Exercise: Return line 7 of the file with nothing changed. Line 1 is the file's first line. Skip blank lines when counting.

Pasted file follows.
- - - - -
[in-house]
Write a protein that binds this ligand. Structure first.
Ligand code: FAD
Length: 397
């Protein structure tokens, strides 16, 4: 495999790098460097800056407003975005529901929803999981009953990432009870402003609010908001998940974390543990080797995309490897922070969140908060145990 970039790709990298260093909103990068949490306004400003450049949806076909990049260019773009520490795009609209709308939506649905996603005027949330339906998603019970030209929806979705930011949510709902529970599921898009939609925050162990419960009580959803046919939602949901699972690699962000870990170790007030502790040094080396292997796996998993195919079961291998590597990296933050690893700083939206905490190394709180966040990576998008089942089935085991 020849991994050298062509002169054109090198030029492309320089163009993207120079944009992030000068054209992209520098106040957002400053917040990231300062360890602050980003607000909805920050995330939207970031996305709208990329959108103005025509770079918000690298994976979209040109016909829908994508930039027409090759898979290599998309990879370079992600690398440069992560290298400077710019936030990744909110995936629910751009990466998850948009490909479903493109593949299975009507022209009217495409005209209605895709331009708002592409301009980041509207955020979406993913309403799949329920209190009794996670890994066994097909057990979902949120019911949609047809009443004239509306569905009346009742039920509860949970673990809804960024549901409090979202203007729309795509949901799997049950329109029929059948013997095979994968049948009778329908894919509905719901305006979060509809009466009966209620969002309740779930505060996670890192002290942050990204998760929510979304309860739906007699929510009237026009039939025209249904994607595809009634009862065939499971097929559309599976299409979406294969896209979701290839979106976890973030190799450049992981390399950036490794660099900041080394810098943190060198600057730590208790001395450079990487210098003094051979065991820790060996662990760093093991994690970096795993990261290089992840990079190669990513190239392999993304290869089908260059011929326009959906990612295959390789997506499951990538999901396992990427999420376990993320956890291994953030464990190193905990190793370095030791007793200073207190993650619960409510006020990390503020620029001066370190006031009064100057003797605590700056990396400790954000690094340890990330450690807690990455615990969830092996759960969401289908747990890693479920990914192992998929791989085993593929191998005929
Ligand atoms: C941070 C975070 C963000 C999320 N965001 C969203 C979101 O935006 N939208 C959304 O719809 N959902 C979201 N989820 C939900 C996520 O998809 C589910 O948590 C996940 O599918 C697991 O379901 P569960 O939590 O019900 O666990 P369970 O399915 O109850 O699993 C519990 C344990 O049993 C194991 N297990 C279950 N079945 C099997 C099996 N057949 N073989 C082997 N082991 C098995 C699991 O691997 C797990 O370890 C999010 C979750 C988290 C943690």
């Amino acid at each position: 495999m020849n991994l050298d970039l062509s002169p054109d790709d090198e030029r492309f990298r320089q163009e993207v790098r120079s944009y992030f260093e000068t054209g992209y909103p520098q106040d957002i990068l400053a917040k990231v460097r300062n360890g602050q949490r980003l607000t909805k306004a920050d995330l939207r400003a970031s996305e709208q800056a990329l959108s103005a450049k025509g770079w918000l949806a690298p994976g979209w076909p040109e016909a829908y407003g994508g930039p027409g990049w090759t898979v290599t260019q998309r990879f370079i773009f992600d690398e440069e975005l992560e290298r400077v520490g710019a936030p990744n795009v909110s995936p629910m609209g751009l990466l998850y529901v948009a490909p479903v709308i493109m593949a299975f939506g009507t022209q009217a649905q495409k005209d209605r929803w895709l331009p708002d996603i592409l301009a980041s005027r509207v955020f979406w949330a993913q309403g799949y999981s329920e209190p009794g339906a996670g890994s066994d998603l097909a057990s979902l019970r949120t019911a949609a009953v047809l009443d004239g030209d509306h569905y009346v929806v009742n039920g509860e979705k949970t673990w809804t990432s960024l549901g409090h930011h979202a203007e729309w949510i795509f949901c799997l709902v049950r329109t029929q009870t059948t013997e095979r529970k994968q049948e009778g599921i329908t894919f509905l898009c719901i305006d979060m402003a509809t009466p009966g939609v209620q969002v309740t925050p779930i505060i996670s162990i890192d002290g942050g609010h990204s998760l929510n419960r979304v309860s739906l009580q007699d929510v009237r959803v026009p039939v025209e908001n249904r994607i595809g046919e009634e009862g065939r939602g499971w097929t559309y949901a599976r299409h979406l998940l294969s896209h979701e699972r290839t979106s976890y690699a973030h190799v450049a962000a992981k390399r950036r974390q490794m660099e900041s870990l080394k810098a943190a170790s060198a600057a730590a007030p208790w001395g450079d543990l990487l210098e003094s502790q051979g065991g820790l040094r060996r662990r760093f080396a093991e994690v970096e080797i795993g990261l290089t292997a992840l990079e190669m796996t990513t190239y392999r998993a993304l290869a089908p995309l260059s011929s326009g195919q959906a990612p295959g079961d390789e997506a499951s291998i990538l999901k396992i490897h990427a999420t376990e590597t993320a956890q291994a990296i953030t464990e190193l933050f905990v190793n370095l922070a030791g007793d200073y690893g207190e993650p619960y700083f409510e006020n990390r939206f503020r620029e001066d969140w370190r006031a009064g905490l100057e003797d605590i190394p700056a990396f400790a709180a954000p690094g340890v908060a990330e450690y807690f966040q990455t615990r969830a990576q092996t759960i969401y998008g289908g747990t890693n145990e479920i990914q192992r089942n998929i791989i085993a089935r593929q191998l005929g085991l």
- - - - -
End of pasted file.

């Amino acid at each position: 495999m020849n991994l050298d970039l062509s002169p054109d790709d090198e030029r492309f990298r320089q163009e993207v790098r120079s944009y992030f260093e000068t054209g992209y909103p520098q106040d957002i990068l400053a917040k990231v460097r300062n360890g602050q949490r980003l607000t909805k306004a920050d995330l939207r400003a970031s996305e709208q800056a990329l959108s103005a450049k025509g770079w918000l949806a690298p994976g979209w076909p040109e016909a829908y407003g994508g930039p027409g990049w090759t898979v290599t260019q998309r990879f370079i773009f992600d690398e440069e975005l992560e290298r400077v520490g710019a936030p990744n795009v909110s995936p629910m609209g751009l990466l998850y529901v948009a490909p479903v709308i493109m593949a299975f939506g009507t022209q009217a649905q495409k005209d209605r929803w895709l331009p708002d996603i592409l301009a980041s005027r509207v955020f979406w949330a993913q309403g799949y999981s329920e209190p009794g339906a996670g890994s066994d998603l097909a057990s979902l019970r949120t019911a949609a009953v047809l009443d004239g030209d509306h569905y009346v929806v009742n039920g509860e979705k949970t673990w809804t990432s960024l549901g409090h930011h979202a203007e729309w949510i795509f949901c799997l709902v049950r329109t029929q009870t059948t013997e095979r529970k994968q049948e009778g599921i329908t894919f509905l898009c719901i305006d979060m402003a509809t009466p009966g939609v209620q969002v309740t925050p779930i505060i996670s162990i890192d002290g942050g609010h990204s998760l929510n419960r979304v309860s739906l009580q007699d929510v009237r959803v026009p039939v025209e908001n249904r994607i595809g046919e009634e009862g065939r939602g499971w097929t559309y949901a599976r299409h979406l998940l294969s896209h979701e699972r290839t979106s976890y690699a973030h190799v450049a962000a992981k390399r950036r974390q490794m660099e900041s870990l080394k810098a943190a170790s060198a600057a730590a007030p208790w001395g450079d543990l990487l210098e003094s502790q051979g065991g820790l040094r060996r662990r760093f080396a093991e994690v970096e080797i795993g990261l290089t292997a992840l990079e190669m796996t990513t190239y392999r998993a993304l290869a089908p995309l260059s011929s326009g195919q959906a990612p295959g079961d390789e997506a499951s291998i990538l999901k396992i490897h990427a999420t376990e590597t993320a956890q291994a990296i953030t464990e190193l933050f905990v190793n370095l922070a030791g007793d200073y690893g207190e993650p619960y700083f409510e006020n990390r939206f503020r620029e001066d969140w370190r006031a009064g905490l100057e003797d605590i190394p700056a990396f400790a709180a954000p690094g340890v908060a990330e450690y807690f966040q990455t615990r969830a990576q092996t759960i969401y998008g289908g747990t890693n145990e479920i990914q192992r089942n998929i791989i085993a089935r593929q191998l005929g085991l």